But, none of that really tells you about who Meir really is. None of that tells you what it would be like to meet him or what it would be like to live in a state that reflected Meir’s vision. As someone who has met Meir, on many occasions, and as someone who considers him a friend, I’d like to tell you who Meir Ettinger is, really.
The first time I met Meir was while he was learning in yeshiva. I saw him learning very intensely and decided that I wanted to meet this holy Jew. I introduced myself and I could immediately tell how much he cared for me as a fellow Jew. He was soft spoken, yet clearly very learned in Torah and Chassidus.
The next time I recall meeting Meir was when we spent Shabbos together. This was before he got married, and Meir had prepared Shabbos meals for a group of young people who had come to help settle one of the Jewish hilltops in the Shomron. I remember his smile as he joked that since he could cook he didn’t need to get married. A few of us mentioned that the potatoes were undercooked and he joked that maybe he’d have to get married, but his wife would only have to make the potatoes.
Israel’s Prime Minister Benjamin Netanyahu, left, and Israeli President Reuven Rivlin, right, speak during an event following the first session of the newly-elected Knesset in Jerusalem, Tuesday, March 31, 2015. (AP Photo/Gali Tibbon, Pool)
JERUSALEM, Aug 6 (Reuters) – Israel’s president suggested on Thursday that Prime Minister Benjamin Netanyahu has been overzealous in opposing the Iran nuclear deal, opening a “battlefront” with Washington and isolating his country.
Reuven Rivlin, who holds the largely ceremonial head of state post, argued in three separate newspaper interviews that Netanyahu’s vigorous campaign against last month’s nuclear deal between world powers and Iran could ultimately hurt Israel.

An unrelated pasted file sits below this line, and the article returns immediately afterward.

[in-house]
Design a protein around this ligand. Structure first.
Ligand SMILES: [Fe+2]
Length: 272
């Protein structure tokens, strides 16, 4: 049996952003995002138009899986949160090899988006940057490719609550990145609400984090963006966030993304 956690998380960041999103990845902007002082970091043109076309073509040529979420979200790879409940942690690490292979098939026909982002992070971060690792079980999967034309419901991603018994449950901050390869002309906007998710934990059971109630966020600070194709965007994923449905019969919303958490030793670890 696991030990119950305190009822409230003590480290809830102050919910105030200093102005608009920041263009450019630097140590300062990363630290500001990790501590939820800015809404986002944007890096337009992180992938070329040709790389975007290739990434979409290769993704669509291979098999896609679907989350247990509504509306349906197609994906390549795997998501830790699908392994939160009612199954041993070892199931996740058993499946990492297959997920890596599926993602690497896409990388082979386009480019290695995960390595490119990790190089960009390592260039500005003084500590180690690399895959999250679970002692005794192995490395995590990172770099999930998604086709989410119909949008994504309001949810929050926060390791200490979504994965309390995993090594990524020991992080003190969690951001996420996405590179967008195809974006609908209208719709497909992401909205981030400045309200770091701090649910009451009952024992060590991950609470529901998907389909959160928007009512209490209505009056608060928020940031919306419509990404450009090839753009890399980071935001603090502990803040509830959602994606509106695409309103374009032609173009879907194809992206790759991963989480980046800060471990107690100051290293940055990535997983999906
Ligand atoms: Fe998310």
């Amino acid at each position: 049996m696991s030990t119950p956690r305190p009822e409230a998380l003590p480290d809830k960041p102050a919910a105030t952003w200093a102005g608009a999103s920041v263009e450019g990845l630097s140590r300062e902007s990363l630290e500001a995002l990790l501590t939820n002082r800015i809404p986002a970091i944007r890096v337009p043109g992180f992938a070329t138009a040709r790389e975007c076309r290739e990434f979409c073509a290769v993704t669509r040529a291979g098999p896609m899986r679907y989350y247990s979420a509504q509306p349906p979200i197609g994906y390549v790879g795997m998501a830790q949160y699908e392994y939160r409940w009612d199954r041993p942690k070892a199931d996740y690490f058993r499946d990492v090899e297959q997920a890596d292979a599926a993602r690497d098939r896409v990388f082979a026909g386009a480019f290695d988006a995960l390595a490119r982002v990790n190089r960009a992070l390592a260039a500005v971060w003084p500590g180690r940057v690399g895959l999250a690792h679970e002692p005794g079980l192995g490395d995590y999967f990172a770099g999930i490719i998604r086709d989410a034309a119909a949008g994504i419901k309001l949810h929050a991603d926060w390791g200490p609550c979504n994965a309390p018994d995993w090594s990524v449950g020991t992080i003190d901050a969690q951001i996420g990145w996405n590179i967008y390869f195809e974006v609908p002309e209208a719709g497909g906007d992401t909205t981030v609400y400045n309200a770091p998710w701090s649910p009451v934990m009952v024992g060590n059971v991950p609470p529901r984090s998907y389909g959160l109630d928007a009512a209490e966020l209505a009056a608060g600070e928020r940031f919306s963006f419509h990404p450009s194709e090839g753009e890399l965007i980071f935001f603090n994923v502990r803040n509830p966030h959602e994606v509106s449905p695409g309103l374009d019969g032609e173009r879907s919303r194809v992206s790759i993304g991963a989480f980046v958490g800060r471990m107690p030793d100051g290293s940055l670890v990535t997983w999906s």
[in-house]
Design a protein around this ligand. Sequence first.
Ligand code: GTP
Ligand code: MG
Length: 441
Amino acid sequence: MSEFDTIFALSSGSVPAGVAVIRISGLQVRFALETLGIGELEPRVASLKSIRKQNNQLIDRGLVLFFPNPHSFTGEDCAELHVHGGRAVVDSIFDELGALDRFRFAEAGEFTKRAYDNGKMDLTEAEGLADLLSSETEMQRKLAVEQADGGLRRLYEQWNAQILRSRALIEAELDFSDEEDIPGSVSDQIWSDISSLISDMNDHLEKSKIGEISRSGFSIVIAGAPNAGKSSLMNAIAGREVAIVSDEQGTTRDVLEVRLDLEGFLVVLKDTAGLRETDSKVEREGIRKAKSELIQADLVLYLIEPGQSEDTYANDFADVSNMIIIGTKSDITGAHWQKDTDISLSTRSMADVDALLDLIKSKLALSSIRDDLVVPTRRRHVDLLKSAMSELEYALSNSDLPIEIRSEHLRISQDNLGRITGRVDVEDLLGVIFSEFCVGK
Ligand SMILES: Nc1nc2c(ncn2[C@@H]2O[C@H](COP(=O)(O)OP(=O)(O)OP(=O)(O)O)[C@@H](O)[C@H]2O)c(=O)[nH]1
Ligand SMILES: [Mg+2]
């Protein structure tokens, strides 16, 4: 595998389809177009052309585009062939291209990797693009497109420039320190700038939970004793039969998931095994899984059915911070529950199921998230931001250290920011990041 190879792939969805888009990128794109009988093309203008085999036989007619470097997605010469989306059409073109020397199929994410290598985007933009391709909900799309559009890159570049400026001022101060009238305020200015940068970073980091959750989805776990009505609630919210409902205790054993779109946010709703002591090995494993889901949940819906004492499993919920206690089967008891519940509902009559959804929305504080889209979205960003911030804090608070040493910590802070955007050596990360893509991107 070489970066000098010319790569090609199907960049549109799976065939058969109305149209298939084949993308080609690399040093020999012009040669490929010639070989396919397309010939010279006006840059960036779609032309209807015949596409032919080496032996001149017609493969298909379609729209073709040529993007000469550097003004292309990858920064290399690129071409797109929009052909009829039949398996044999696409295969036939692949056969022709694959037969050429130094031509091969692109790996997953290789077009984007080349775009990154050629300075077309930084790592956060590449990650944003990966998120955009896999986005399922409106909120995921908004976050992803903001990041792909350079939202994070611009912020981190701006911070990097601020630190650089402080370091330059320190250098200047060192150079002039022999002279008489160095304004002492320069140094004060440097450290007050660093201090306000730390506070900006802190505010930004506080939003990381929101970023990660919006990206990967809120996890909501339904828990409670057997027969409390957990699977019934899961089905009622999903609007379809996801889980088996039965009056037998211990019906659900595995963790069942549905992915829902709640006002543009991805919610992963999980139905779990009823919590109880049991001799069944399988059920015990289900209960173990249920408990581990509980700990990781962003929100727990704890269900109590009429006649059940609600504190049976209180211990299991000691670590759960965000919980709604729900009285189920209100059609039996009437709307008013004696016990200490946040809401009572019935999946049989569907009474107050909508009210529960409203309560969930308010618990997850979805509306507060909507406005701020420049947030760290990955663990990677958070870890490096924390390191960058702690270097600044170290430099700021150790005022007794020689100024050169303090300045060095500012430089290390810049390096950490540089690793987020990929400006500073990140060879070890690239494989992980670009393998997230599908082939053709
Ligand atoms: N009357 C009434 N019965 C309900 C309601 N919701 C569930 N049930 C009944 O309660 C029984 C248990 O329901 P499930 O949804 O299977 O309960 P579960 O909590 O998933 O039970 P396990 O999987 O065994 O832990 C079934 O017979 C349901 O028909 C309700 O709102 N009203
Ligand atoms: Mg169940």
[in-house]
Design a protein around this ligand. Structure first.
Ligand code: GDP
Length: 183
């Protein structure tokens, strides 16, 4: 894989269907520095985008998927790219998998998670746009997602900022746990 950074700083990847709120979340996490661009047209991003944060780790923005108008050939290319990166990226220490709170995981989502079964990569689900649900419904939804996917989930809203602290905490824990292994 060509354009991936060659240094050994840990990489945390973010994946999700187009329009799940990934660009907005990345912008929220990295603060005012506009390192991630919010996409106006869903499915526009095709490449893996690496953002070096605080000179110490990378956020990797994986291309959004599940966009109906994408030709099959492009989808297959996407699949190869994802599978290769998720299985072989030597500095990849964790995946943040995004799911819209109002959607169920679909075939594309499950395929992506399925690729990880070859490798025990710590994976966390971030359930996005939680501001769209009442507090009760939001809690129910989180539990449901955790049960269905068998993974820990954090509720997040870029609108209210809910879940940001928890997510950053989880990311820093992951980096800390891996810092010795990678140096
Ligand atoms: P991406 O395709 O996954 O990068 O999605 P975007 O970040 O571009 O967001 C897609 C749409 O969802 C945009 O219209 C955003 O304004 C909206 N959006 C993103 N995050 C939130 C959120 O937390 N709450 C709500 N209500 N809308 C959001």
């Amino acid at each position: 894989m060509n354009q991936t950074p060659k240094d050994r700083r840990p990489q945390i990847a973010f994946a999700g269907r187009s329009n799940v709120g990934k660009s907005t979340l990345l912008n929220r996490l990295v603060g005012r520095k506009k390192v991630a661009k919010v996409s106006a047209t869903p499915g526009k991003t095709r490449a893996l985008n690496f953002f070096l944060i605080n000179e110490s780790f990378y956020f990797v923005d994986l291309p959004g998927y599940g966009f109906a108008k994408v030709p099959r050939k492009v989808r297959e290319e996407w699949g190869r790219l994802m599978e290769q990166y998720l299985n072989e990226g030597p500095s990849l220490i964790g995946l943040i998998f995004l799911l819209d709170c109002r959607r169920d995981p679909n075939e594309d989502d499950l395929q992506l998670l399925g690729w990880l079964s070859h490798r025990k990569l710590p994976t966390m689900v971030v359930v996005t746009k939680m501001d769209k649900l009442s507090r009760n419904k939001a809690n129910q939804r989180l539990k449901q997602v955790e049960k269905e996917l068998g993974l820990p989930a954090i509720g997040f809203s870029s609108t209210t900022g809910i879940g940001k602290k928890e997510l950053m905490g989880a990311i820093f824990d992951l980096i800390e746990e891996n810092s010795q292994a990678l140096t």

A former right-wing politician with a history of strained ties to the prime minister, Rivlin has voiced his own reservations about the deal but put it in a wider diplomatic context in the interviews.
Iran did not respond in kind even though sarin gas was used against Iranian cities. Any chance the US or Israel would show similar restraint?
The U.S. government may be considering military action in response to chemical strikes near Damascus. But a generation ago, America’s military and intelligence communities knew about and did nothing to stop a series of nerve gas attacks far more devastating than anything Syria has seen, Foreign Policy has learned.
In 1988, during the waning days of Iraq’s war with Iran, the United States learned through satellite imagery that Iran was about to gain a major strategic advantage by exploiting a hole in Iraqi defenses. U.S. intelligence officials conveyed the location of the Iranian troops to Iraq, fully aware that Hussein’s military would attack with chemical weapons, including sarin, a lethal nerve agent.
The intelligence included imagery and maps about Iranian troop movements, as well as the locations of Iranian logistics facilities and details about Iranian air defenses. The Iraqis used mustard gas and sarin prior to four major offensives in early 1988 that relied on U.S. satellite imagery, maps, and other intelligence. These attacks helped to tilt the war in Iraq’s favor and bring Iran to the negotiating table, and they ensured that the Reagan administration’s long-standing policy of securing an Iraqi victory would succeed. But they were also the last in a series of chemical strikes stretching back several years that the Reagan administration knew about and didn’t disclose.